At the core of these challenges lay some of the precepts that make music therapy so effective: the almost universal appeal of the sound, rhythm, melody, texture, harmony, structure and form of music. These elements are so intrinsically enmeshed within our auditory experience as children and adults, it is easy to forget that to experience them positively requires complex neural processes that are only emerging in early life [3, 10]. It can also mislead nonmusic therapists into thinking that all auditory stimulation that fits musical patterns is music therapy and beneficial, or that the tuning of musical experience to an infant’s neurodevelopmental stage and physiological state is somehow intuitive. In fact, years of training in psychology, music, biological and social sciences, disabilities and general studies are necessary to leverage musical patterns to achieve a therapeutic result [7]. Further complicating matters, some music therapy teachings posit that the music used for therapeutic purposes must be directed to an infant’s responses. Unfortunately, training in NICU-specific skills for music therapists is currently offered only in the course of 2-week workshops, insufficient to prepare them for the challenges of understanding the fragility and differences inherent to NICU patients. Most NICU music therapists then acquire their training in NICUs, from other skilled professionals such as occupational and physical therapists. NICU music therapists then face another challenge, common to other developmental care disciplines: the neuroscience of infant sensory systems trails that of children and adults, hindering mechanistically-based designs for auditory interventions and use of objective and relevant outcomes. The links between physiological observations and brain-based processes are often extrapolated from older children or even adults, rather than founded in scientific evidence. This leaves music therapists evaluating the effects of their intervention on imprecise or unrelated metrics. Despite these obstacles, NICU music therapists persevere in their goal of becoming evidence-based health care providers, and music therapy may well offer an attractive complement or alternative to medical treatments when considering the long-term effects of repeated stress and pain on the developing brain [3]. This would be especially relevant if used in combination with proven developmental interventions focused on tactile and proprioceptive pain mitigation along with a family-centered approach.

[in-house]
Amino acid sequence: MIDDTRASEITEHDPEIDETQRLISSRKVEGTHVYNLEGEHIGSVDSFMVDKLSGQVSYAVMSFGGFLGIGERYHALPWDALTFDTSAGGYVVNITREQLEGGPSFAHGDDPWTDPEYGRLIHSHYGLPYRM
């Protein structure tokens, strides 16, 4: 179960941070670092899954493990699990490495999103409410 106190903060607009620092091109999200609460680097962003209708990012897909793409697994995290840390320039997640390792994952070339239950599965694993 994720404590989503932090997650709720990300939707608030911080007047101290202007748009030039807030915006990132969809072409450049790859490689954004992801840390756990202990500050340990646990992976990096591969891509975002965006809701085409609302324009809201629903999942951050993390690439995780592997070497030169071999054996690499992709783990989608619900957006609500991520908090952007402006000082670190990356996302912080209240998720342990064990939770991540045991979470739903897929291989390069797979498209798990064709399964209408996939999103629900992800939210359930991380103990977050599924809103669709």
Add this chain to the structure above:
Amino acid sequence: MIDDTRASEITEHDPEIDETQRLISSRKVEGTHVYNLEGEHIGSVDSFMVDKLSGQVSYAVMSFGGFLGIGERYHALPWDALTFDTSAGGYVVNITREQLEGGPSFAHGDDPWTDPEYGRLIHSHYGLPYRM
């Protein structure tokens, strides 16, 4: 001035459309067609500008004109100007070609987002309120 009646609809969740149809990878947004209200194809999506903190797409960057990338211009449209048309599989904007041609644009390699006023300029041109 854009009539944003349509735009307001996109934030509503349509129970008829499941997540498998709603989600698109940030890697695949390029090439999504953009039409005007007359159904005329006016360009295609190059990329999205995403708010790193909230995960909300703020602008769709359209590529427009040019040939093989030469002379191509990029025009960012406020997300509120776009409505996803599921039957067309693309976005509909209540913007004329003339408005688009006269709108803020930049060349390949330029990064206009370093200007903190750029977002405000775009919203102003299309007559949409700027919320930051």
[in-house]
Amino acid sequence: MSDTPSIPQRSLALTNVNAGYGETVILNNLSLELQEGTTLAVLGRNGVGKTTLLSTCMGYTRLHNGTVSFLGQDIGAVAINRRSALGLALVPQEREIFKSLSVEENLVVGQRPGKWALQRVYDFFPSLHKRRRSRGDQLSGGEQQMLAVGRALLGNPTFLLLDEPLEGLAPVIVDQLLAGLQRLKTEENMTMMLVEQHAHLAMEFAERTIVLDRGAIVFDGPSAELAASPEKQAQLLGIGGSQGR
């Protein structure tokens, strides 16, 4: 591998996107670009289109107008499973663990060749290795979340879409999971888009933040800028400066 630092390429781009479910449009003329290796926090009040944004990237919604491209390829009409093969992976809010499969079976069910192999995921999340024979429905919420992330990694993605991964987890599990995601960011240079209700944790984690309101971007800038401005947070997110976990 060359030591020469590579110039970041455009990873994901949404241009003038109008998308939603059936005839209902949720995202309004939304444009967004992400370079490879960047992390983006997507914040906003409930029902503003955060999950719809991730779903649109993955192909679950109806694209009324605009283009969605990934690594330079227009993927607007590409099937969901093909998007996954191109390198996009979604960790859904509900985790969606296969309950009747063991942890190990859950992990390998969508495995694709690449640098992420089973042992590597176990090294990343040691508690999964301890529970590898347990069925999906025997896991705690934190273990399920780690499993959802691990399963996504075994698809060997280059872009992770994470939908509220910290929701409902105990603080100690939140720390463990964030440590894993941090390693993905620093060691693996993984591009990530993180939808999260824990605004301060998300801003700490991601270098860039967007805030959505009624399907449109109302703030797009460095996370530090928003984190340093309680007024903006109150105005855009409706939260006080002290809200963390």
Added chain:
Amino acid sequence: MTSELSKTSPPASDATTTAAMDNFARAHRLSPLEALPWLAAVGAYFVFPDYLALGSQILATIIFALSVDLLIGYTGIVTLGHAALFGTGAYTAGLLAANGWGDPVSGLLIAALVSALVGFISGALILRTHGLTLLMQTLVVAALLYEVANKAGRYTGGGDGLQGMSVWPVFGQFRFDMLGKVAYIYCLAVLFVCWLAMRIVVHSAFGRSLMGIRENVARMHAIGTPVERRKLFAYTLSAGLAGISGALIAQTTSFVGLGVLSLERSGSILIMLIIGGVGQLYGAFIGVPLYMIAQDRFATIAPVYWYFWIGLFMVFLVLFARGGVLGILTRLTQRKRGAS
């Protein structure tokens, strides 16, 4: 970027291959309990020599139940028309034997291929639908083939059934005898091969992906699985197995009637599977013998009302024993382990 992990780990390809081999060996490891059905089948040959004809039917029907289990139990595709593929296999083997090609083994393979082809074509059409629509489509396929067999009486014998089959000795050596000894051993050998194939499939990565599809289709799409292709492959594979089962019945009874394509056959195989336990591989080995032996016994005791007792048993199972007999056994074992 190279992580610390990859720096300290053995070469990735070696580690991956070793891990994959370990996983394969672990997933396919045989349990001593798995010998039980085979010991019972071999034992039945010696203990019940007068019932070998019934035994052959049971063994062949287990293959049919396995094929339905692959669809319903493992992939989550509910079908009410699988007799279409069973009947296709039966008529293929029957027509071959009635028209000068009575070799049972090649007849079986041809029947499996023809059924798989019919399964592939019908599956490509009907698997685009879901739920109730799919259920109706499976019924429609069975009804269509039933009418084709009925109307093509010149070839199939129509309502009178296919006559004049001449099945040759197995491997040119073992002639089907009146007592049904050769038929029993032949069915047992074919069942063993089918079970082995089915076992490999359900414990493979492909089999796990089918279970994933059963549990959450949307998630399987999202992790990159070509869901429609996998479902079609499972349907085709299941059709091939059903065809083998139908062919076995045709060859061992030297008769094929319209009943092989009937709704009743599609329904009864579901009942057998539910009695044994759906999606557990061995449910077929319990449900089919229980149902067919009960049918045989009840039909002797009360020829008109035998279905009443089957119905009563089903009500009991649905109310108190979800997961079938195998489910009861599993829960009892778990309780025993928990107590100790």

For any researcher attempting to advance the knowledge base of neonatal developmental care, imperatives of scientific rigor and reproducibility are balanced with support for the well-being of NICU families and prevention of harm in vulnerable patients. As such, for music therapy to be incorporated into broader NICU developmental care, it will need to contribute a body of scientific evidence-base through exactly-designed studies with meaningful outcomes, such as in the Corrigan study. Neonatal teams, patients, families and NICU music therapists can look forward to an exciting new era for this field of research and care.